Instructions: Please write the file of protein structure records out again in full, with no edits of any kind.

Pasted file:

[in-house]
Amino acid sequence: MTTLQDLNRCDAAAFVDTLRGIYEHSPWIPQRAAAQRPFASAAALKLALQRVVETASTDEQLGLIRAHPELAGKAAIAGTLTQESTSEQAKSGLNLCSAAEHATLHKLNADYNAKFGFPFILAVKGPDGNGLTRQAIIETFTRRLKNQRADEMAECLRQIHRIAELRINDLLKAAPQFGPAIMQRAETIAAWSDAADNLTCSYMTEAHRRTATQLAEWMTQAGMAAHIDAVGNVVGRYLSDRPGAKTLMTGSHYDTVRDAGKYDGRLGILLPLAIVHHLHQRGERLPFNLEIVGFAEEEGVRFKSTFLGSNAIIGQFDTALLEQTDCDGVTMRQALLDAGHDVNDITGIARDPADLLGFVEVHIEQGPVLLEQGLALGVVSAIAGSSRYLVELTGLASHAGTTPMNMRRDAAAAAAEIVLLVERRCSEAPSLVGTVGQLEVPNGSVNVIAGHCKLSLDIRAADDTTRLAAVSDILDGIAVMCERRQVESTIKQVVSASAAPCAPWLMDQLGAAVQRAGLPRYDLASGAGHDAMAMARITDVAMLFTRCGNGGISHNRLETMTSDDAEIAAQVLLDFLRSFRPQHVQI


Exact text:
[in-house]
Amino acid sequence: MTTLQDLNRCDAAAFVDTLRGIYEHSPWIPQRAAAQRPFASAAALKLALQRVVETASTDEQLGLIRAHPELAGKAAIAGTLTQESTSEQAKSGLNLCSAAEHATLHKLNADYNAKFGFPFILAVKGPDGNGLTRQAIIETFTRRLKNQRADEMAECLRQIHRIAELRINDLLKAAPQFGPAIMQRAETIAAWSDAADNLTCSYMTEAHRRTATQLAEWMTQAGMAAHIDAVGNVVGRYLSDRPGAKTLMTGSHYDTVRDAGKYDGRLGILLPLAIVHHLHQRGERLPFNLEIVGFAEEEGVRFKSTFLGSNAIIGQFDTALLEQTDCDGVTMRQALLDAGHDVNDITGIARDPADLLGFVEVHIEQGPVLLEQGLALGVVSAIAGSSRYLVELTGLASHAGTTPMNMRRDAAAAAAEIVLLVERRCSEAPSLVGTVGQLEVPNGSVNVIAGHCKLSLDIRAADDTTRLAAVSDILDGIAVMCERRQVESTIKQVVSASAAPCAPWLMDQLGAAVQRAGLPRYDLASGAGHDAMAMARITDVAMLFTRCGNGGISHNRLETMTSDDAEIAAQVLLDFLRSFRPQHVQI